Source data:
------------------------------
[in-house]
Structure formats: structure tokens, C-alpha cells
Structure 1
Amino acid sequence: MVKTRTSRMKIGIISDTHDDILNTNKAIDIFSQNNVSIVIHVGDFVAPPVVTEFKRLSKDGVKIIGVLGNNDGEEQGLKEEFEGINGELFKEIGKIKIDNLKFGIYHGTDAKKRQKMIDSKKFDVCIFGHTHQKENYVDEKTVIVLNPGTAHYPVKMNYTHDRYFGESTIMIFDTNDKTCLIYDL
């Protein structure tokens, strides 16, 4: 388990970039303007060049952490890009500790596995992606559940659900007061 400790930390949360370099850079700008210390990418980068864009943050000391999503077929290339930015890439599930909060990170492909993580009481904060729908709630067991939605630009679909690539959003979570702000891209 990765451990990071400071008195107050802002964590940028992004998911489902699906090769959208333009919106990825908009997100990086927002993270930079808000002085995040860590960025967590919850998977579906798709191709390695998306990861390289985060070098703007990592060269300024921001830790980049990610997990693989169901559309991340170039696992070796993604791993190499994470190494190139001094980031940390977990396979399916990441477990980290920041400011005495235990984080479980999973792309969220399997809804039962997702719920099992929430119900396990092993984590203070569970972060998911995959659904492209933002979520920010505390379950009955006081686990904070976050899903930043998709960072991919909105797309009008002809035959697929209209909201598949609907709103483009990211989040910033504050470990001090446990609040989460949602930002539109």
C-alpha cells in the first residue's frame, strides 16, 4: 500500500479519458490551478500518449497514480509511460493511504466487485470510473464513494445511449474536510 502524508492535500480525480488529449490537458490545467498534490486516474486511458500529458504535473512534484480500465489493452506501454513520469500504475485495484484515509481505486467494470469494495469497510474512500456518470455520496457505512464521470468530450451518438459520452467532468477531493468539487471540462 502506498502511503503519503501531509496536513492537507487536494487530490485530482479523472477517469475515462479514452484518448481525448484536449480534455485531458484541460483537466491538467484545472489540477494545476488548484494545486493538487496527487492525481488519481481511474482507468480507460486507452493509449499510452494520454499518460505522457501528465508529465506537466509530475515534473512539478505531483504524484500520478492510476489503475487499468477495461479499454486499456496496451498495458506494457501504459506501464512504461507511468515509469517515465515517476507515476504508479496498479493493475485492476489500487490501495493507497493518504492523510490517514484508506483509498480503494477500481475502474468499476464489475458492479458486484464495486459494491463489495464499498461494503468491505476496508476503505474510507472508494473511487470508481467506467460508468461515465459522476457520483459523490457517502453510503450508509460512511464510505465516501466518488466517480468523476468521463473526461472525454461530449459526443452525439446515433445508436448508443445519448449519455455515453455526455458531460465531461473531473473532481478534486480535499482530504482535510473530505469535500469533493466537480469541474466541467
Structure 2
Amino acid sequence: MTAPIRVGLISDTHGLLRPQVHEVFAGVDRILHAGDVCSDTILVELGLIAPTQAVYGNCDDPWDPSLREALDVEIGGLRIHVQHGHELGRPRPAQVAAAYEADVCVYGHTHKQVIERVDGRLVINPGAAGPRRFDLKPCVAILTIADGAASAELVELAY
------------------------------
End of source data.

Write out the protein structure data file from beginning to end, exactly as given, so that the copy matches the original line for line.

[in-house]
Structure formats: structure tokens, C-alpha cells
Structure 1
Amino acid sequence: MVKTRTSRMKIGIISDTHDDILNTNKAIDIFSQNNVSIVIHVGDFVAPPVVTEFKRLSKDGVKIIGVLGNNDGEEQGLKEEFEGINGELFKEIGKIKIDNLKFGIYHGTDAKKRQKMIDSKKFDVCIFGHTHQKENYVDEKTVIVLNPGTAHYPVKMNYTHDRYFGESTIMIFDTNDKTCLIYDL
């Protein structure tokens, strides 16, 4: 388990970039303007060049952490890009500790596995992606559940659900007061 400790930390949360370099850079700008210390990418980068864009943050000391999503077929290339930015890439599930909060990170492909993580009481904060729908709630067991939605630009679909690539959003979570702000891209 990765451990990071400071008195107050802002964590940028992004998911489902699906090769959208333009919106990825908009997100990086927002993270930079808000002085995040860590960025967590919850998977579906798709191709390695998306990861390289985060070098703007990592060269300024921001830790980049990610997990693989169901559309991340170039696992070796993604791993190499994470190494190139001094980031940390977990396979399916990441477990980290920041400011005495235990984080479980999973792309969220399997809804039962997702719920099992929430119900396990092993984590203070569970972060998911995959659904492209933002979520920010505390379950009955006081686990904070976050899903930043998709960072991919909105797309009008002809035959697929209209909201598949609907709103483009990211989040910033504050470990001090446990609040989460949602930002539109």
C-alpha cells in the first residue's frame, strides 16, 4: 500500500479519458490551478500518449497514480509511460493511504466487485470510473464513494445511449474536510 502524508492535500480525480488529449490537458490545467498534490486516474486511458500529458504535473512534484480500465489493452506501454513520469500504475485495484484515509481505486467494470469494495469497510474512500456518470455520496457505512464521470468530450451518438459520452467532468477531493468539487471540462 502506498502511503503519503501531509496536513492537507487536494487530490485530482479523472477517469475515462479514452484518448481525448484536449480534455485531458484541460483537466491538467484545472489540477494545476488548484494545486493538487496527487492525481488519481481511474482507468480507460486507452493509449499510452494520454499518460505522457501528465508529465506537466509530475515534473512539478505531483504524484500520478492510476489503475487499468477495461479499454486499456496496451498495458506494457501504459506501464512504461507511468515509469517515465515517476507515476504508479496498479493493475485492476489500487490501495493507497493518504492523510490517514484508506483509498480503494477500481475502474468499476464489475458492479458486484464495486459494491463489495464499498461494503468491505476496508476503505474510507472508494473511487470508481467506467460508468461515465459522476457520483459523490457517502453510503450508509460512511464510505465516501466518488466517480468523476468521463473526461472525454461530449459526443452525439446515433445508436448508443445519448449519455455515453455526455458531460465531461473531473473532481478534486480535499482530504482535510473530505469535500469533493466537480469541474466541467
Structure 2
Amino acid sequence: MTAPIRVGLISDTHGLLRPQVHEVFAGVDRILHAGDVCSDTILVELGLIAPTQAVYGNCDDPWDPSLREALDVEIGGLRIHVQHGHELGRPRPAQVAAAYEADVCVYGHTHKQVIERVDGRLVINPGAAGPRRFDLKPCVAILTIADGAASAELVELAY